Detroiters talk about setting city service priorities
Detroit — Residents learned about cost-cutting moves and plans for the city’s service priorities, including more fire stations, better police response times and more police cars in a post-bankruptcy Detroit.
“We don’t need sworn officers gassing and cleaning vehicles,” Police Chief James Craig told a crowd gathered for a public hearing on the department budgets. “That’s not a good use of money.”
Craig, whose 2014-15 general fund budget is about $259.6 million, highlighted the push for reduced response times, fewer carjackings and other major crimes, adding police vehicles and extending hours for neighborhood police stations.
And there are plans for more fire stations.
Edsel Jenkins, the city’s executive fire commissioner, discussed plans to open more stations in the next decade and how Mayor Mike Duggan’s push to eradicate blighted structures could help ease firefighter’s loads. He estimated as much as 60 percent of department calls are for blazes in vacant structures. With those reduced, the goal is to have rates on par with other communities.
“A healthy city does not burn,” Jenkins said.
The public had a chance to ask questions about everything from public lighting upgrades to sidewalk repairs in the presentations at the Coleman A. Young Community Center on the east side.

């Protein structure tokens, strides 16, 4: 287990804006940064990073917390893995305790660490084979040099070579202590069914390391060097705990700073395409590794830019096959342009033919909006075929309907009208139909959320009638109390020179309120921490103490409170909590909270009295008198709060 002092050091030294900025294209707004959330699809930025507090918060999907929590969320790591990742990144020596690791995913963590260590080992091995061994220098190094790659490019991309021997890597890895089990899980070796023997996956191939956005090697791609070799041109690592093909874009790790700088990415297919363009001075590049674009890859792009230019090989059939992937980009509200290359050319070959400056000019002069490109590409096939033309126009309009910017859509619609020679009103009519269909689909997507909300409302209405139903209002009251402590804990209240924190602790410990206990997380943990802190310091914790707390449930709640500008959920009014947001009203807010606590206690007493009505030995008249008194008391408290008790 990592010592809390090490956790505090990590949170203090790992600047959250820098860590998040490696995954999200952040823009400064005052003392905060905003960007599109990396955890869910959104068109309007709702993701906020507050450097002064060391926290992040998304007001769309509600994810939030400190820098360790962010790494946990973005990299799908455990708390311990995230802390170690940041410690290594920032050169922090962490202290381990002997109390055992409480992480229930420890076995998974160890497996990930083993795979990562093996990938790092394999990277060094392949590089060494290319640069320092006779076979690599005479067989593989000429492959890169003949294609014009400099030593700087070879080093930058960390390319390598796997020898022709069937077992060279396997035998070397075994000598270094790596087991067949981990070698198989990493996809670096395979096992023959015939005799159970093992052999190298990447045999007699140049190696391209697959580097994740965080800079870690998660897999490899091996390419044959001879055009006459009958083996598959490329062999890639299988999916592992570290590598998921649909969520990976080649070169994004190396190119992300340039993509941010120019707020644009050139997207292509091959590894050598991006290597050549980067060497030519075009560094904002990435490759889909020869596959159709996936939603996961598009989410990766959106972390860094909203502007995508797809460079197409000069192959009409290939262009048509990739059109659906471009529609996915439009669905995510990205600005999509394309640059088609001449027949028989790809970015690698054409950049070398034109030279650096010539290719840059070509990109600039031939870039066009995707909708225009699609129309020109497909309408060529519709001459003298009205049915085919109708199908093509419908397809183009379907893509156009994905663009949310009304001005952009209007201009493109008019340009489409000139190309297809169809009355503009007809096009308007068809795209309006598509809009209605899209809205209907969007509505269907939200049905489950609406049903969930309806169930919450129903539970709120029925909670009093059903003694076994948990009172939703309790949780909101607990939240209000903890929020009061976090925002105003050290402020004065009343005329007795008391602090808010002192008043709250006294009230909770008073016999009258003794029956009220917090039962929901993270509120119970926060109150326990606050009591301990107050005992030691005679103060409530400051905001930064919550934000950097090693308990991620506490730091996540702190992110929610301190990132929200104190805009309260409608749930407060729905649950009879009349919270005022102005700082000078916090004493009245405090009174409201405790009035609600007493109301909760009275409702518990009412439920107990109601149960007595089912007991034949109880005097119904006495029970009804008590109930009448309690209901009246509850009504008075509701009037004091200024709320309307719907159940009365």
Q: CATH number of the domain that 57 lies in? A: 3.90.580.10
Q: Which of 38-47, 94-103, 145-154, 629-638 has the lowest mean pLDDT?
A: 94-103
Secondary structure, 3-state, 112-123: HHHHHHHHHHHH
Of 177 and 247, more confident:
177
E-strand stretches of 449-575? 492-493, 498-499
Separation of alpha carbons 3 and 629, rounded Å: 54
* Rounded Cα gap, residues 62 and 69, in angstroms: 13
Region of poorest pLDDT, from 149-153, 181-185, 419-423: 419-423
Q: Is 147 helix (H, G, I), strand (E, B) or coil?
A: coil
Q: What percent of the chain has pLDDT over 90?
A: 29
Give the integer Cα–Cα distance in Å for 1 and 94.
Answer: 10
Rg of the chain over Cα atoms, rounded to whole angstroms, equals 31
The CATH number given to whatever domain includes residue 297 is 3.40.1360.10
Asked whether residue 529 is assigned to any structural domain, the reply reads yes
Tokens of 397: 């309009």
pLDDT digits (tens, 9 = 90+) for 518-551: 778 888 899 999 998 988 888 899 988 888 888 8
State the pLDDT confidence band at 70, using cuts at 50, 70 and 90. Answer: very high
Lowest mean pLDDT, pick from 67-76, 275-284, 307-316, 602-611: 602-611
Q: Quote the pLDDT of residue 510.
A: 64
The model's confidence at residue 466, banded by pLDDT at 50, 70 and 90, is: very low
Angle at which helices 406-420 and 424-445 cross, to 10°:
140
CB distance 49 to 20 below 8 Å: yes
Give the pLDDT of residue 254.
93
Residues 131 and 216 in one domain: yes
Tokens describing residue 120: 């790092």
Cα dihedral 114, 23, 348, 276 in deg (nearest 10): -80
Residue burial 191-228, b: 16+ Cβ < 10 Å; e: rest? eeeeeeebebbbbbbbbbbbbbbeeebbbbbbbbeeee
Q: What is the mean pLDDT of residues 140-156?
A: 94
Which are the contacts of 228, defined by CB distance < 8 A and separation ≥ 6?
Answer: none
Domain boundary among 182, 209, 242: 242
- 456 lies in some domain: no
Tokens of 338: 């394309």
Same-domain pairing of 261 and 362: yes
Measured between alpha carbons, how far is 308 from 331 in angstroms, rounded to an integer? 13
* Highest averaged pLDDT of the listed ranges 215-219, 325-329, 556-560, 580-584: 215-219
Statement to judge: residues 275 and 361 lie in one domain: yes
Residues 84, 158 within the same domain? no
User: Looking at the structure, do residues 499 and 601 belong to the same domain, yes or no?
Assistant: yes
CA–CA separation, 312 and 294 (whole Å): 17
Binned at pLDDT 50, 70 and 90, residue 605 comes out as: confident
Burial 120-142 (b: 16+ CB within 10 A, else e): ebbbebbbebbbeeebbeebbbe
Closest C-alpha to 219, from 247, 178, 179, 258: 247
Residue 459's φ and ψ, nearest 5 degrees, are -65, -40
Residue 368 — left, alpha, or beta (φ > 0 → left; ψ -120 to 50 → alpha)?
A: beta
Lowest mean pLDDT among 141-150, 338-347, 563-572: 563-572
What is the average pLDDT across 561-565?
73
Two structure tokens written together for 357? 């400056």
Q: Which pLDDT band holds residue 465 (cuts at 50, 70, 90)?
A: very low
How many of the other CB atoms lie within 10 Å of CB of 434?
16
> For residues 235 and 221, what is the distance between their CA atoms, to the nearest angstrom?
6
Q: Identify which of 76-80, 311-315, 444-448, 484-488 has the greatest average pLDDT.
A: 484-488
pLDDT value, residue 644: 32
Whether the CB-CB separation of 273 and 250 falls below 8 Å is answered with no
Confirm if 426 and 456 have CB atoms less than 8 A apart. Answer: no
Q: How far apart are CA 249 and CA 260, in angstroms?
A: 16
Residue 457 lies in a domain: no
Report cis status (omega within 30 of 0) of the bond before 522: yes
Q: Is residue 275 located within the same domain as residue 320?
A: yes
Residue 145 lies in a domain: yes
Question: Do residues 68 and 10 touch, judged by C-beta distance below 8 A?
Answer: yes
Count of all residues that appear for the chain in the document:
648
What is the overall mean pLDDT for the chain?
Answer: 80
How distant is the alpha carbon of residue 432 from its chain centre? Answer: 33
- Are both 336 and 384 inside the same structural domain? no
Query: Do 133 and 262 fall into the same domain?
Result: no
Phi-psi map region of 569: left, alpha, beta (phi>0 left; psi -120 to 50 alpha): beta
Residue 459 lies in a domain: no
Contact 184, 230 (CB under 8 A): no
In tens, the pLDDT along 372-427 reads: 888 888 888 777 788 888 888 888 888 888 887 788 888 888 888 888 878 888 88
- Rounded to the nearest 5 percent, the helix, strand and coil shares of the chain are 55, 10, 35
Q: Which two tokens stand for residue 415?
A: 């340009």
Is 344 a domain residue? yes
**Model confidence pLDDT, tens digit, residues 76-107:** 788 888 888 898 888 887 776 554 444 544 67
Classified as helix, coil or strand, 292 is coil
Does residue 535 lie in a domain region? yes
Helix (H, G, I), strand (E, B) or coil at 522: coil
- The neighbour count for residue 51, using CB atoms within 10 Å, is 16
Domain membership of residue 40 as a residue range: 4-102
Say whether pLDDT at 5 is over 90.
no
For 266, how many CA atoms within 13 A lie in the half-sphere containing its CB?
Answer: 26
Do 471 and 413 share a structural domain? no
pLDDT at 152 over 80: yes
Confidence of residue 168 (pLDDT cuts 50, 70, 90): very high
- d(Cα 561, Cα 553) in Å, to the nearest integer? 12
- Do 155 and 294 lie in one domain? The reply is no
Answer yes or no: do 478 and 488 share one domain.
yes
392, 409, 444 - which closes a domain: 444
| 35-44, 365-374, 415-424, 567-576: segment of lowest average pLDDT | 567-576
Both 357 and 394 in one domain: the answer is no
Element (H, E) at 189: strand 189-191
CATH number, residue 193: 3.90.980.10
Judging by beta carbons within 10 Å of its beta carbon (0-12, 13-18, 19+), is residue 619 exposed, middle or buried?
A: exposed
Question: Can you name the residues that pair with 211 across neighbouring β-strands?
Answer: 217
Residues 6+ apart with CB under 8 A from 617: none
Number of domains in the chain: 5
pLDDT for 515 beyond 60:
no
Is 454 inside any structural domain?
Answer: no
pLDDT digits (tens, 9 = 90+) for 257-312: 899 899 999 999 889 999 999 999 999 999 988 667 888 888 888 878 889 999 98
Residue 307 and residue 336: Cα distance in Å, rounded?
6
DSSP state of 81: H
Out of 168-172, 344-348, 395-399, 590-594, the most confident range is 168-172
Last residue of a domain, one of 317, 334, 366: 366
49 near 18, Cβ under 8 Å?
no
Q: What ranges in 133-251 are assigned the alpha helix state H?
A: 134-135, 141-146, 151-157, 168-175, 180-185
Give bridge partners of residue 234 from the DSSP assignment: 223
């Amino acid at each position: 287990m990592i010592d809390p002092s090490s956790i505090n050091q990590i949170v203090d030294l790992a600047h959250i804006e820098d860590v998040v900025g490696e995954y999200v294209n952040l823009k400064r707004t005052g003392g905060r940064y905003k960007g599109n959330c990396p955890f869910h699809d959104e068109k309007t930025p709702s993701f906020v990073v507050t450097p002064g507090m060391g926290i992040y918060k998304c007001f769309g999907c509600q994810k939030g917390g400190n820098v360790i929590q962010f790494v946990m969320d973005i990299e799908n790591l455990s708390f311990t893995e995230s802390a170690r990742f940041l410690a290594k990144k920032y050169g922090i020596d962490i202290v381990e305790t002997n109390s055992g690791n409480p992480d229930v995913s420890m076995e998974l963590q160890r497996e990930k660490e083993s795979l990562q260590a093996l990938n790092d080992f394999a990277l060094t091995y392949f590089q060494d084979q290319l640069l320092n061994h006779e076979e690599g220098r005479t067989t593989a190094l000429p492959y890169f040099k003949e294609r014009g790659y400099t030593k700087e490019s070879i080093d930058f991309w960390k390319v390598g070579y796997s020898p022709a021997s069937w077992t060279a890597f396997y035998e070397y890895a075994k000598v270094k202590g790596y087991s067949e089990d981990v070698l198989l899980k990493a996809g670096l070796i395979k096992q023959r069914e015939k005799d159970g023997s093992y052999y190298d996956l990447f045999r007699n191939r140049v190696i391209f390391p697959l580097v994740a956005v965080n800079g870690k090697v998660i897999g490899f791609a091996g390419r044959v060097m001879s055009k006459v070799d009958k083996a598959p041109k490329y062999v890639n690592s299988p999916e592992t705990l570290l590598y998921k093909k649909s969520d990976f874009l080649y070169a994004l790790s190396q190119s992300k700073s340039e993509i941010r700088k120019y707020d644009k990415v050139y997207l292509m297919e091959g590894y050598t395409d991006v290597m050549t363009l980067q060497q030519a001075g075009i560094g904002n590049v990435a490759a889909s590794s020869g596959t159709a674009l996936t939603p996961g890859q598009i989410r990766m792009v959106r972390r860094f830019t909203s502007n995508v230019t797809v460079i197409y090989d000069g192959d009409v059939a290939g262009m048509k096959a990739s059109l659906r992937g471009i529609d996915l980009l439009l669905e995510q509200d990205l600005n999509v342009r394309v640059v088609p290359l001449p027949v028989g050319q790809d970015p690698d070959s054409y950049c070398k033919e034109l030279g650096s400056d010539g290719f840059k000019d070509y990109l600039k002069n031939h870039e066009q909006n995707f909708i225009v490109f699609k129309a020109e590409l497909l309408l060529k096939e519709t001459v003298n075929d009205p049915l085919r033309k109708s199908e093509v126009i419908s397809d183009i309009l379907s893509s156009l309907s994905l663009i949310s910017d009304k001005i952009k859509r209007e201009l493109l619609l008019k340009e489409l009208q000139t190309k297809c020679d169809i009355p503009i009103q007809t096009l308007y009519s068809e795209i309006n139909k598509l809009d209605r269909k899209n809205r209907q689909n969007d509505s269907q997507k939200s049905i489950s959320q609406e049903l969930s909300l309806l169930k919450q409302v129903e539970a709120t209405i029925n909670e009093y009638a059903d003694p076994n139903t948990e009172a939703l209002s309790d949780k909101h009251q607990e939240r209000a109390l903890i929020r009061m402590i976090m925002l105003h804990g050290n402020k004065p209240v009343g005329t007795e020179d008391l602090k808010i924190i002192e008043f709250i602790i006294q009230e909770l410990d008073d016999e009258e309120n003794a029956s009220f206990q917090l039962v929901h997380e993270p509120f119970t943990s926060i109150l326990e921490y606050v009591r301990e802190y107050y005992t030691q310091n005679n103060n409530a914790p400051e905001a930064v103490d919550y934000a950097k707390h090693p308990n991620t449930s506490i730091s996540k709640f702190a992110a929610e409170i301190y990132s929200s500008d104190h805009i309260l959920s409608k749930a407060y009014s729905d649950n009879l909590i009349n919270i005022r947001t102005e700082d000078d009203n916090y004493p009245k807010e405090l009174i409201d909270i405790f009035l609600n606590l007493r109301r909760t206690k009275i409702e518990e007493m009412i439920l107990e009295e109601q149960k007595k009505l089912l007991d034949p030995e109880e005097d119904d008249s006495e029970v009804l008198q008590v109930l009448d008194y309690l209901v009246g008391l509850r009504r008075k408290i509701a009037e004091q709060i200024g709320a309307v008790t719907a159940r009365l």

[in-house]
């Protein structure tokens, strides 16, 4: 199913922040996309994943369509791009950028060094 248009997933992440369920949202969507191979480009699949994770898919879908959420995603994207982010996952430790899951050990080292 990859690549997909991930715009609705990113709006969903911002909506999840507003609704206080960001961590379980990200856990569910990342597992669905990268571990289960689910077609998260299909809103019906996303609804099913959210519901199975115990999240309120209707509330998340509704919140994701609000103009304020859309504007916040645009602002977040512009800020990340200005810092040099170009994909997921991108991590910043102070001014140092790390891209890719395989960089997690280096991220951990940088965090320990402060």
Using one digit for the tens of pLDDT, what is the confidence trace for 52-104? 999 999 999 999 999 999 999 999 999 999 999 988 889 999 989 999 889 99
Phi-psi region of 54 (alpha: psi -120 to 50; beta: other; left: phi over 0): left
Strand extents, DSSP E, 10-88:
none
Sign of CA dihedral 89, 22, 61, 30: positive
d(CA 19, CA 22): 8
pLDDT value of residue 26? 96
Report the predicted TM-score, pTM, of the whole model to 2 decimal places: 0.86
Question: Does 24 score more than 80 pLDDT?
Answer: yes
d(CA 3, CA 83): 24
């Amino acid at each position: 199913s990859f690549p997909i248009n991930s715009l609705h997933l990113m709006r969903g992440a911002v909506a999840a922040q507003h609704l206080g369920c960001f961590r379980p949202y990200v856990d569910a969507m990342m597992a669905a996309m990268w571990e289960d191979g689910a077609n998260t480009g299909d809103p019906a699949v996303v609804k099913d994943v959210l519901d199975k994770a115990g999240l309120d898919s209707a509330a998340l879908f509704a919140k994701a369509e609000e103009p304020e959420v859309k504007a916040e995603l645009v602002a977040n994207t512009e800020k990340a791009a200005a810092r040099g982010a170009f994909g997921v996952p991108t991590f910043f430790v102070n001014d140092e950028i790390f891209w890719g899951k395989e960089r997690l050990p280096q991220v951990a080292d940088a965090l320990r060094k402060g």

Sharon Jordan, a Detroiter for more than 40 years, said she had hoped to learn more about how the city’s financial decisions would impact the quality of life.
“It was just an overview,” she said. “It’s not detailed enough.”
The meeting comes a day after the city wrapped up its historic bankruptcy trial in federal court.
U.S. Bankruptcy Judge Steven Rhodes is slated to deliver his decision Nov. 7 on whether to approve or reject the plan that would allow the city to shed $7 billion in debt and pump $1.7 billion into restructuring initiatives over the next decade.
Jones Day attorney Bruce Bennett in his closing arguments Monday made his final push for Rhodes to approve the plan. Bennett also noted risks tied to its implementation and admitted that the strategy could fall apart if Detroit leaders deviate from the reinvestment plan or waste the money, though the debt plan has numerous protections and levels of oversight baked in.
“The worst thing that could happen is if the $1.7 billion is misused or perceived to be misused,” Bennett told Rhodes. “Either would be an enormous problem.”
Among the investments, Detroit wants to spend almost $559 million over the next decade to improve public safety, reduce response times, close more criminal cases and fix outdated equipment and vehicles.
The spending plan also includes $440 million to fight blight and an investment of $101 million for information technology, including $84.8 million for IT upgrades and $16.3 million for additional staff to implement IT projects in all city departments.